Unions slam government’s ‘appalling decision’ to award freeport contract to firm behind P&O Ferries sackings
Trade unions have hit out at the UK government over its decision to let the company that owns P&O Ferries run the new Thames Freeport development – after the Dubai-owned shipping company “chose” to break the law by firing nearly 800 staff last year.
TUC general secretary Paul Nowak slammed the government’s “appalling decision” to award DP World a contract to co-run the Thames Freeport in Essex as he hit out at the firm for overseeing the “brutal – and illegal – sacking of 800 workers at P&O Ferries”.
Nowak instead said “ministers should have stripped the company of all its public contracts and severed commercial ties” as he argued the UK’s decision to “reward DP World with another bumper deal” gives a “green light to other rogue employers to act with impunity.”
P&O Ferries admitted breaking the law in March 2022 after firing 786 staff via a pre-recorded video and replacing them with lower paid agency workers.
Maritime trade union and body Nautilus’ general secretary Mark Dickinson said the union is “disappointed by the UK government’s decision to award a major public contract to DP World,” as he argued the government has “failed to hold DP World and P&O Ferries accountable.”
The comments come after UK government signed off plans to invest up to £25m into developing the Thames Freeport in Essex last week, in line with proposals outlined in Chancellor Rishi Sunak’s 2021 budget to create eight new freeports throughout England.
The Thames Freeport is a low-tax economic zone in Essex made up of Ford’s Dagenham manufacturing facility and the Tilbury and London Gateway ports. The Essex freeport became the UK’s second freeport following the launch of the Teeside Freeport the month before.
A UK government spokesperson said the Thames Freeport “will help to grow the economy and level up by unlocking high-quality jobs and much-needed investment into the area. This approval means that the freeport will now receive up to £25m from government and potentially hundreds of millions in locally-retained business rates.”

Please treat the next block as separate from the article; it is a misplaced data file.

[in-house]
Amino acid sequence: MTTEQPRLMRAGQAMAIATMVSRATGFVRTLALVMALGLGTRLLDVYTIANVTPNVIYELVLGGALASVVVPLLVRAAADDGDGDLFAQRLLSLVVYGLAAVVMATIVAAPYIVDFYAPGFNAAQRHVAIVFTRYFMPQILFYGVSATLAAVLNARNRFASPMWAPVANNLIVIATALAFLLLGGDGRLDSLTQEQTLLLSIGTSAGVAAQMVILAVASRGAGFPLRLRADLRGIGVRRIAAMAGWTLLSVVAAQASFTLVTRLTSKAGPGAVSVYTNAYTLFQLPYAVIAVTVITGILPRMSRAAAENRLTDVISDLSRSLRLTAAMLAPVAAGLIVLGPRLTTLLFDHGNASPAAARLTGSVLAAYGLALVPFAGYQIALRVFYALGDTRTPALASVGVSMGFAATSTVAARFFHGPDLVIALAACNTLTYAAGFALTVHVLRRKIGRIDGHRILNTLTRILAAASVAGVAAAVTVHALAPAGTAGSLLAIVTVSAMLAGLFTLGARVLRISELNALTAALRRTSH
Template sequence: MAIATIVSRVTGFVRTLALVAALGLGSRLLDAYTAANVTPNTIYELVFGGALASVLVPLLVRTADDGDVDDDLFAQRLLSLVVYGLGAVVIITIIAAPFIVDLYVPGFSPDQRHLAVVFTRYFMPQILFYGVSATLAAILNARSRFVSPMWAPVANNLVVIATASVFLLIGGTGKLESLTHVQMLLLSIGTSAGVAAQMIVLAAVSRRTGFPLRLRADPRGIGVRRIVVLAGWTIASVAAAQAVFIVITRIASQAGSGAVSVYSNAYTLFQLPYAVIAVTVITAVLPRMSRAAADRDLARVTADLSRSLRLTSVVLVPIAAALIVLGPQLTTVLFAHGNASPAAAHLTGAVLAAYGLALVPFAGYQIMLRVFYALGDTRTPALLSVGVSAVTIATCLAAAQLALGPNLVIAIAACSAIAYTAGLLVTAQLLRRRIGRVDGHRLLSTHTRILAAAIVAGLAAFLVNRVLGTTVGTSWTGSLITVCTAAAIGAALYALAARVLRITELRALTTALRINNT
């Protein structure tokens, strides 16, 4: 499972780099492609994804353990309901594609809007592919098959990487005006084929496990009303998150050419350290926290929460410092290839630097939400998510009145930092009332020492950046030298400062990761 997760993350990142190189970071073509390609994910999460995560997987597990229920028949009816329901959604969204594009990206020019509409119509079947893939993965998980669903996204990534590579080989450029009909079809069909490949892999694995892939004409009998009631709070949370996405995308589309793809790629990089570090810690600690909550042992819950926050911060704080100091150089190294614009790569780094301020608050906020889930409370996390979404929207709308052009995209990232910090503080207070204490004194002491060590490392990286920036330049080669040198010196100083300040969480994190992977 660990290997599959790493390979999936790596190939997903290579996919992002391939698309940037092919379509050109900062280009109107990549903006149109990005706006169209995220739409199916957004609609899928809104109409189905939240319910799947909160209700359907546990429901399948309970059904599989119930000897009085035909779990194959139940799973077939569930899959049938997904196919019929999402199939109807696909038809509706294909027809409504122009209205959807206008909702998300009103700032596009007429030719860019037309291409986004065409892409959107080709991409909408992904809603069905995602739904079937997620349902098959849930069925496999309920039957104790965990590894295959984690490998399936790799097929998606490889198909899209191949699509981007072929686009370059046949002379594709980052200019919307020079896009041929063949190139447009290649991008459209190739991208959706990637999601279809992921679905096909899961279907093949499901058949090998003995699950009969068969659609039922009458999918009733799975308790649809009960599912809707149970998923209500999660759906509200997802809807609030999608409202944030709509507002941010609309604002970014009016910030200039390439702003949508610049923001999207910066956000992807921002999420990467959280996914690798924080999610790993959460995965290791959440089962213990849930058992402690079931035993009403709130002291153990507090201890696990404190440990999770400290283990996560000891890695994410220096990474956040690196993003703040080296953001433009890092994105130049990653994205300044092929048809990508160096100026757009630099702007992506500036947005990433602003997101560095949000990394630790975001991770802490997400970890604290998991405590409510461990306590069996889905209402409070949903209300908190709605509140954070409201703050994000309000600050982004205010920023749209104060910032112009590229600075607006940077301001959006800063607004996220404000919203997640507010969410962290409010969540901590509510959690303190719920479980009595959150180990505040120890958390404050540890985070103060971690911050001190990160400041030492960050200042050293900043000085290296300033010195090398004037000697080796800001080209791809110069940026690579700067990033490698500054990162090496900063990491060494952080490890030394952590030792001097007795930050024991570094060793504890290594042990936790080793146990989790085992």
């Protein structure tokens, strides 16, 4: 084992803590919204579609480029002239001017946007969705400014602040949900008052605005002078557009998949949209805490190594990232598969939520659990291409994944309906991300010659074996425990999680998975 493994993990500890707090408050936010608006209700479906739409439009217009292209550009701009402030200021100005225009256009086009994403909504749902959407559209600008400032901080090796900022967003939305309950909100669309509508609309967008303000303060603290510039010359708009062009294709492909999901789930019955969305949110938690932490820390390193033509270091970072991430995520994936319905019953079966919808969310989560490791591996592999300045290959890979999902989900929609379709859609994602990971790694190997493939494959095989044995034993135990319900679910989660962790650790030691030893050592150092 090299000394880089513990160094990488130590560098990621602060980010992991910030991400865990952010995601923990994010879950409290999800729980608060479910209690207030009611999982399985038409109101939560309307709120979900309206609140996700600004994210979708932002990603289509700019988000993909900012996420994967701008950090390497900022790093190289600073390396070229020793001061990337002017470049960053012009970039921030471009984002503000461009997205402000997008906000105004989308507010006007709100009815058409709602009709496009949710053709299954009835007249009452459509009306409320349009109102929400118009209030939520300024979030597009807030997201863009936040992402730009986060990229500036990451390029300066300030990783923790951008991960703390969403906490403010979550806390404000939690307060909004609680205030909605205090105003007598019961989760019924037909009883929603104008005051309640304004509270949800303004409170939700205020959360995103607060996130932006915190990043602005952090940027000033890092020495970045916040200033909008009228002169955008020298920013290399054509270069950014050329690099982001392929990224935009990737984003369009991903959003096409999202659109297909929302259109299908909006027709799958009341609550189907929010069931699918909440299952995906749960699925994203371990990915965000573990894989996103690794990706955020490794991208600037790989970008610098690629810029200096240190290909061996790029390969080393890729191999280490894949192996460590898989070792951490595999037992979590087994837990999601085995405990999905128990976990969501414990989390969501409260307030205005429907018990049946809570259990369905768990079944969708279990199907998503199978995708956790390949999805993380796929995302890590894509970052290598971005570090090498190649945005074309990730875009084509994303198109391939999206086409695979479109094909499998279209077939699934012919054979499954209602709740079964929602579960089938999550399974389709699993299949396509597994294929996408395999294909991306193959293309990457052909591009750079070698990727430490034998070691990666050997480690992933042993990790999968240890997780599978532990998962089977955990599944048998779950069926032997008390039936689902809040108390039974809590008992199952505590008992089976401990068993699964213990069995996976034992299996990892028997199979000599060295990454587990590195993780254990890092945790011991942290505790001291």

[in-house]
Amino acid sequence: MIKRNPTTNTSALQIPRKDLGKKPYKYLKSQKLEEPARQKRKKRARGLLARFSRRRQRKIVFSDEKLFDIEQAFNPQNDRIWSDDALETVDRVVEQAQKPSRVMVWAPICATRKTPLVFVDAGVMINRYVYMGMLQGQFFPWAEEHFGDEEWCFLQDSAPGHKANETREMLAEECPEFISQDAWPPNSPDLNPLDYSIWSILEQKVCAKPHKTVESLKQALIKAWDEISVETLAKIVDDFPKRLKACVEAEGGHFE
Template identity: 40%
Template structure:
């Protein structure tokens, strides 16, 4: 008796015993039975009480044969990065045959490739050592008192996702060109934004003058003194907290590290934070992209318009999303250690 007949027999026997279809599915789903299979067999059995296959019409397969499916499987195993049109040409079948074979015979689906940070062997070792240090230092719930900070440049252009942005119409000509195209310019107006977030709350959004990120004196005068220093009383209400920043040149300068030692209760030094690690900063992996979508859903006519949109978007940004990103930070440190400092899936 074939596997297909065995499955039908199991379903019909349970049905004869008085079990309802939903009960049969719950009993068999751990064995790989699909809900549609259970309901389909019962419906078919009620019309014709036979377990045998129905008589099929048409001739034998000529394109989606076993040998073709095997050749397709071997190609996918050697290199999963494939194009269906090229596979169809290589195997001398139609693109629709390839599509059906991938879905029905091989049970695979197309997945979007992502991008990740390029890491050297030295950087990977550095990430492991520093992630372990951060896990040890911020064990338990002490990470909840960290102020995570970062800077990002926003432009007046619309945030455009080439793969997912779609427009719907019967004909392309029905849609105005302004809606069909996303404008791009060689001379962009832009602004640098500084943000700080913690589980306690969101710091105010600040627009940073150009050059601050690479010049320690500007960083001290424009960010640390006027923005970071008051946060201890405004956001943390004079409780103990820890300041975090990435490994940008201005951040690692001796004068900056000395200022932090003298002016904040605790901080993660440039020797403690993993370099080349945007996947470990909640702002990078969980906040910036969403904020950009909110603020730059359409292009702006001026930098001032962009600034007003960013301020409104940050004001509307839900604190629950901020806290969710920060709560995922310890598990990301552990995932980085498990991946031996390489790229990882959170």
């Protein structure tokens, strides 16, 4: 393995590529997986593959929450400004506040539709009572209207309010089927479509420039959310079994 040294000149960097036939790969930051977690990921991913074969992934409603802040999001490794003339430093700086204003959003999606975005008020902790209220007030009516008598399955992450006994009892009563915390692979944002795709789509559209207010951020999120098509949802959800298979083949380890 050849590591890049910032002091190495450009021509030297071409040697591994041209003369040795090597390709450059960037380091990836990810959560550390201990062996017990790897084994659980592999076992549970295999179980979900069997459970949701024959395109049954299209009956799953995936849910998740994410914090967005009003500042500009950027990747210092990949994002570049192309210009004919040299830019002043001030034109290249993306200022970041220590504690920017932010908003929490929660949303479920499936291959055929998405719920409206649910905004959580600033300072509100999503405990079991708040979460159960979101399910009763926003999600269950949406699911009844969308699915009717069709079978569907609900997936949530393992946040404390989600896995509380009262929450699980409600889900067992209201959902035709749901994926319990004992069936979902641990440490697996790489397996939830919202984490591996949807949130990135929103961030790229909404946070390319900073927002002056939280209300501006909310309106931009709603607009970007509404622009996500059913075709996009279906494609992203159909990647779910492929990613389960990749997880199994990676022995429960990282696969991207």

The government claims the Thames Freeport project – which launched after receiving £300m worth of investment from DP World in 2021 – will help create 21,000 jobs while also advancing the UK’s energy transition.
A spokesperson for Thames Freeport said: “The financial incentives available to occupiers of the Thames Freeport site are expected to generate more than £4.6bn of new investment over the next 25 years, with the public sector component invested exclusively in local public infrastructure.”
“It is important to understand that the financial incentives and tax reliefs on business rates and stamp duty being provided by Central and Local Government are designed solely to attract occupiers and tenants to the freeport site. The three private sector partners that own the land will not directly benefit from these reliefs.”
“Our partners have invested over £2.5 billion in port and logistics infrastructure over the past 10 years, with over £3 billion of further investment planned including a £350m new fourth berth at London Gateway which is currently under construction.”
“This investment has benefitted the levelling up of the region, with more than 21,000 new direct and indirect jobs expected on the freeport estate alone. Thames Freeport will also unlock many better paid jobs to guarantee regional prosperity and social mobility for generations to come.”
P&O Ferries declined to comment.